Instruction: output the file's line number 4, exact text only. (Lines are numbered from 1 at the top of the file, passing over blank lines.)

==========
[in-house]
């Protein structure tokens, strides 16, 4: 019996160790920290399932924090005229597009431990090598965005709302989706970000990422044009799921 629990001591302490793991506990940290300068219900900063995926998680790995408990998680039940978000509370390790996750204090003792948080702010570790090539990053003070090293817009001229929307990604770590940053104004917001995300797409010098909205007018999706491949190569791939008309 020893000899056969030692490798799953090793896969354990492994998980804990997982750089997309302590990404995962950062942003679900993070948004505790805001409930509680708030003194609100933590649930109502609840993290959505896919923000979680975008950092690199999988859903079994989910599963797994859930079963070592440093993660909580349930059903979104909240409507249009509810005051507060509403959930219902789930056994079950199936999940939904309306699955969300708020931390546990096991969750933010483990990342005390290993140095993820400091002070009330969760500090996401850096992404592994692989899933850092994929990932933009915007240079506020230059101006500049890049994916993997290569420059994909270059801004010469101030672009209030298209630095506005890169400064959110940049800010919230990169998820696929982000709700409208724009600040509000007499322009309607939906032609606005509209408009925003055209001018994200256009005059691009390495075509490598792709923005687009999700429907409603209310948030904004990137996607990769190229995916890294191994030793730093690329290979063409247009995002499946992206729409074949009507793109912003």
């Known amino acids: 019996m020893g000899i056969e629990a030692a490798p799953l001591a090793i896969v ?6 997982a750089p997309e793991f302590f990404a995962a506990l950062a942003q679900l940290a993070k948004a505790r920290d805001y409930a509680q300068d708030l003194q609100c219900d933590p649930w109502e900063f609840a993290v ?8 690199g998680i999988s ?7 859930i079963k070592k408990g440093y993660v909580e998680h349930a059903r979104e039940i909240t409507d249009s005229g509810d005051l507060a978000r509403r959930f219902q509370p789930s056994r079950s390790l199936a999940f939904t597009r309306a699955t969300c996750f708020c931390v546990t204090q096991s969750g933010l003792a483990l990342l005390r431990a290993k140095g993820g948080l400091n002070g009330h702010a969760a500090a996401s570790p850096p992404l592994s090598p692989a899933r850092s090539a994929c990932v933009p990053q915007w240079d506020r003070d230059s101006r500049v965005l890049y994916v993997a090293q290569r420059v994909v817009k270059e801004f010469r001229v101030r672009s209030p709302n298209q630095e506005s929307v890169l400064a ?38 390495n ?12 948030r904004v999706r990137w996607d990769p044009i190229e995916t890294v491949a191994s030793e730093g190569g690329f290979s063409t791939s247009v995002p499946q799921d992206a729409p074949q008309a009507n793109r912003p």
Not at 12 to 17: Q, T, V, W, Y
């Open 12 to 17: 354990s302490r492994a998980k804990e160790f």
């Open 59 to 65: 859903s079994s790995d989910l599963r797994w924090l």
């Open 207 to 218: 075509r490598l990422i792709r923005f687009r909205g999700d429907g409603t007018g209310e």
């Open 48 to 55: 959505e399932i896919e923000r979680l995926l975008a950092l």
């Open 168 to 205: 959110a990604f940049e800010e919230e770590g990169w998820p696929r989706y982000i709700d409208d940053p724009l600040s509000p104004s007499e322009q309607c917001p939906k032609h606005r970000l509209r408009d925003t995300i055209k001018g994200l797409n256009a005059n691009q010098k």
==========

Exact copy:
Not at 12 to 17: Q, T, V, W, Y